The ionic localization state of the "black" state shown in FIG. 5A is taken as an initial state. In this case, a drive signal having a waveform shown in FIG. 1(a) is applied to the liquid crystal in advance. In order to display the "black" state from this state, a drive signal having a waveform shown in FIG. 6A is applied to obtain the "black" state. At this time, the superposition amount of the DC component by the auxiliary voltage VSX may be zero. In order to display a gradation state, as shown in FIG. 5B, the ionic localization state to be obtained by this display is as shown in FIG. 18A. In order to keep the total ionic localization amount constant in the "black" display state, an auxiliary voltage +VSX1 shown in FIG. 6B is applied to add the ionic localization of FIG. 18B. In order to obtain a "white" state, as shown in FIG. 6C, an auxiliary voltage +VSX2 (FIG. 6C) is applied to maintain the state of FIG. 19A (i.e., the ionic localization state formed by this display) to the total amount obtained in the case of the "black" display.
The numerical control of the auxiliary voltages VSX1 and VSX2 is appropriately performed in accordance with the magnitude of the instantaneous polarization PS and the ambient temperature. It is advantageous if the magnitude of the spontaneous polarization PS is set not so large (i.e., 10 nC/cm2 or less, and preferably 5 nC/cm2 or less) in the liquid crystal used in the present invention since then an excessive increase in the amplitude of the auxiliary voltage signal VSX can be suppressed. The numerical value for the amplitude of the signal VSX1 preferably falls within the following range: ##EQU6## (where Δa is the gradation at the end of application of the voltage VW and satisfies condition 0<Δa<1, and Ci is the capacitance of the insulating layer)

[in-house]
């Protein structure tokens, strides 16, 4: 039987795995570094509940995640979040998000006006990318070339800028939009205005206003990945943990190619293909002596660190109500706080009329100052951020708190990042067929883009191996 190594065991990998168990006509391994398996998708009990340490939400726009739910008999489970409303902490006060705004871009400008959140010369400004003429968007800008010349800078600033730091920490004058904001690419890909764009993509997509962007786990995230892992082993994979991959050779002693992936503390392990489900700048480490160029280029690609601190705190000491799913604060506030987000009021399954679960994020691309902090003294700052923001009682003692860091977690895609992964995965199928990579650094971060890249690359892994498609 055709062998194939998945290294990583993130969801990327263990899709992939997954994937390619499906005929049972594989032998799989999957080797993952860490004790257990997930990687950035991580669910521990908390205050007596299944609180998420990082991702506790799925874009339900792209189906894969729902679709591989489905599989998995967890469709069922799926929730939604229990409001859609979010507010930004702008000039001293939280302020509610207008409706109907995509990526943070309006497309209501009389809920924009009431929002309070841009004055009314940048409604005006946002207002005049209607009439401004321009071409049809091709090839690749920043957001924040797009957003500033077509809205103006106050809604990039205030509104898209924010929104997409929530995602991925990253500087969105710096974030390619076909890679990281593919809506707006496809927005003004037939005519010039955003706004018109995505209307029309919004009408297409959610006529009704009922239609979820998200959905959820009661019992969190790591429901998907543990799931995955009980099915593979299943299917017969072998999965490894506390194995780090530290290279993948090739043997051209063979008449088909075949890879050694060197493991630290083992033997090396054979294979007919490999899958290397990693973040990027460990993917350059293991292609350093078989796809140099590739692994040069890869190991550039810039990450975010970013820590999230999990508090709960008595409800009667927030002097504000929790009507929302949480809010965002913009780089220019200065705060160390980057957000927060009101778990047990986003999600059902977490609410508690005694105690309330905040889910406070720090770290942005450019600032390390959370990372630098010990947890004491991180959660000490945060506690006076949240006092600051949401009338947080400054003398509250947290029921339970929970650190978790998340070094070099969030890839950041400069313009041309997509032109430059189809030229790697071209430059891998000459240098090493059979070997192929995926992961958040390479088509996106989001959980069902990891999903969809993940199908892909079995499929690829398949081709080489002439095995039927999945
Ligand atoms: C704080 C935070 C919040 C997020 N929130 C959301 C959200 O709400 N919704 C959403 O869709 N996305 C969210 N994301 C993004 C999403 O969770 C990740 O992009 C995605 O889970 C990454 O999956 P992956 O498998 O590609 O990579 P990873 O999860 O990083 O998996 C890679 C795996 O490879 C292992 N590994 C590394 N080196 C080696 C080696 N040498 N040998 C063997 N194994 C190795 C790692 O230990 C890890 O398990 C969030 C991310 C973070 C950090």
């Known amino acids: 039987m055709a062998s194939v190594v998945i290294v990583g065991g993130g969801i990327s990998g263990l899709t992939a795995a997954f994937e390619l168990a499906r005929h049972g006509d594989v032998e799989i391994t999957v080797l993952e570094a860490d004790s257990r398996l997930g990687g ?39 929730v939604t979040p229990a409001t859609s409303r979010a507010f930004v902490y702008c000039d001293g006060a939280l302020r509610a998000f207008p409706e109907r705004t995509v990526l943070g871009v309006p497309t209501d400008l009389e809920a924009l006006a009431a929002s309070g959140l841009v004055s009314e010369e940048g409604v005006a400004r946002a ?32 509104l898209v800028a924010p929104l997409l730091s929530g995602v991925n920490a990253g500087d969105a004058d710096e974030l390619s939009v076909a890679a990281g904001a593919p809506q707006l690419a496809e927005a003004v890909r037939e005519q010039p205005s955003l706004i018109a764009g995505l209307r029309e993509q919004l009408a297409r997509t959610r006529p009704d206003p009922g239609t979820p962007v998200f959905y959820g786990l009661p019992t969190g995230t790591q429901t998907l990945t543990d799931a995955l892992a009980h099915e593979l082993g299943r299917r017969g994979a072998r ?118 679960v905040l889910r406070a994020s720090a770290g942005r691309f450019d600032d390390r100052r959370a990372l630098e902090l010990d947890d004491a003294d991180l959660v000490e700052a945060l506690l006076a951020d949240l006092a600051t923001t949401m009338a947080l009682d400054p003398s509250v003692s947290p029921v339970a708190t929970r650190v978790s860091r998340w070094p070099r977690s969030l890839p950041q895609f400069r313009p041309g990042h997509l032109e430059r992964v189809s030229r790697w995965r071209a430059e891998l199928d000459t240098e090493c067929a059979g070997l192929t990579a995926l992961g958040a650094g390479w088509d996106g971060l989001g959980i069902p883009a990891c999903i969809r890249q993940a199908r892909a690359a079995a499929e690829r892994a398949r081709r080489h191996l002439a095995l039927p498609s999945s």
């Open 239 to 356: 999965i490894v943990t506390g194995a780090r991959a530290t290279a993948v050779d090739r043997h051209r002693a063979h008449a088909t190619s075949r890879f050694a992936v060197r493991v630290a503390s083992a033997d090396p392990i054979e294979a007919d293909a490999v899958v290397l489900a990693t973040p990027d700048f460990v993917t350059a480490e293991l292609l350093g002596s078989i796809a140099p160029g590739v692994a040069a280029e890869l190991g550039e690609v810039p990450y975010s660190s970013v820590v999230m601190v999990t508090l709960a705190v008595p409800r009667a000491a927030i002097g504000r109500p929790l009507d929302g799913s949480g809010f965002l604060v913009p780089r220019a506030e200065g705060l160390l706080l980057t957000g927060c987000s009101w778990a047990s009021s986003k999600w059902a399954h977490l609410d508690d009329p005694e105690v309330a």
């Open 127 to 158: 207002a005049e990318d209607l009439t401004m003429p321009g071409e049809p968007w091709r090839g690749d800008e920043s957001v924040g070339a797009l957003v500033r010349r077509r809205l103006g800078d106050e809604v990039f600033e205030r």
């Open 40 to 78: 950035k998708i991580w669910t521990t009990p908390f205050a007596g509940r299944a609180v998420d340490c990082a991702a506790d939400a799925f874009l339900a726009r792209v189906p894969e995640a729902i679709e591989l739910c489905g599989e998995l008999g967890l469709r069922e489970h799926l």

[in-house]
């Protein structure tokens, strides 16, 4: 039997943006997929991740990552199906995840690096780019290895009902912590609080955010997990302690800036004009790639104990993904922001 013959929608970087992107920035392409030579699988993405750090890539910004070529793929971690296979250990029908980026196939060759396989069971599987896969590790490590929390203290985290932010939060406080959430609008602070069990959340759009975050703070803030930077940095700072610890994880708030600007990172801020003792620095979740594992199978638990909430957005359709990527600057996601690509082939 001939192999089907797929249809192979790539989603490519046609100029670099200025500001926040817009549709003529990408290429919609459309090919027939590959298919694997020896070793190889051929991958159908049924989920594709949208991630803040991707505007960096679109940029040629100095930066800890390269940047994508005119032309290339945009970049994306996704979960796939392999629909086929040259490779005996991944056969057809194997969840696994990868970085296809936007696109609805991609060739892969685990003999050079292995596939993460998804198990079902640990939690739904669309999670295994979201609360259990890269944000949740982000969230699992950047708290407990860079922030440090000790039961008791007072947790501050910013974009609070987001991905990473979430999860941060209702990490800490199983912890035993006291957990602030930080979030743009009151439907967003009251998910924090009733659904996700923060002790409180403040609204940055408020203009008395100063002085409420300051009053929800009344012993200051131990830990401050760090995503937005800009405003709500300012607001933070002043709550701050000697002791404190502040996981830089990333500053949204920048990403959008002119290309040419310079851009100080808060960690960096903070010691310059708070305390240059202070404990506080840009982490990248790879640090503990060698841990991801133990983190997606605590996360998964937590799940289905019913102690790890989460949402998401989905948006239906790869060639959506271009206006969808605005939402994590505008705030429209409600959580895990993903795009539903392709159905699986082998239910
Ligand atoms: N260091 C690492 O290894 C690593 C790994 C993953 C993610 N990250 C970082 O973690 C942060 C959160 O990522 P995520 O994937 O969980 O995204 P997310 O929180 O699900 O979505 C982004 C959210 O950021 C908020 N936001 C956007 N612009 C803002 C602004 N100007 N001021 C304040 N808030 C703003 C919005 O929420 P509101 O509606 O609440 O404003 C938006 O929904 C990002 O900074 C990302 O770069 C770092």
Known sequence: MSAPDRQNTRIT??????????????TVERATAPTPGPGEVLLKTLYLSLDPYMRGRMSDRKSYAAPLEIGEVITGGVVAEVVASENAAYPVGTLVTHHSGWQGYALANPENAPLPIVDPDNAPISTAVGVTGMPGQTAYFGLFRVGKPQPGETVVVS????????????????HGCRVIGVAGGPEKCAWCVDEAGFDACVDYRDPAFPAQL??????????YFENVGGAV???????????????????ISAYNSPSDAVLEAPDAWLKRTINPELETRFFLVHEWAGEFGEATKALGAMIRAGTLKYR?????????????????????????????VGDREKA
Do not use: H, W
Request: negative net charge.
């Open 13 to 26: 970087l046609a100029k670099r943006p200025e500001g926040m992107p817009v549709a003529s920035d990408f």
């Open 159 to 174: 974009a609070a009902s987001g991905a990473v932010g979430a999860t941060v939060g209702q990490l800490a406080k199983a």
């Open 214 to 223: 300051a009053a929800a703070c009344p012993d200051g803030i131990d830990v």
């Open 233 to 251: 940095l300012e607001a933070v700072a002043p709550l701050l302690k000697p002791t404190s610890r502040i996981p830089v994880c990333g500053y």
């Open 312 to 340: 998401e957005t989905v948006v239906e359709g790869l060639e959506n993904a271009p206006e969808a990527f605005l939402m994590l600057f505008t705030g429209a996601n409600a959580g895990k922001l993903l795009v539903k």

The criterion for this numeric value will be described below with reference to FIG. 7. FIG. 7 shows a measurement of a divided voltage applied to a liquid crystal layer when a terminal voltage of a liquid crystal pixel is set at 0 V immediately after a gradation recording voltage VW is applied. At this time, the liquid crystal molecules are partially returned to the "black" direction and are set in the gradation state. If the ratio of the "white" state is defined as Aa, the divided voltage of the liquid crystal layer is given as follows: ##EQU7## Since a voltage which causes movement of ions in this gradation state is given by the above relation, if an external reverse voltage VSX of the voltage which causes this movement of ions is applied and the divided voltage of the liquid crystal ##EQU8## by the voltage VSX is set to equal to ##EQU9## movement of ions is assumed not to occur. Therefore, the following equation is established: ##EQU10## and the solution can be obtained as follows: ##EQU11##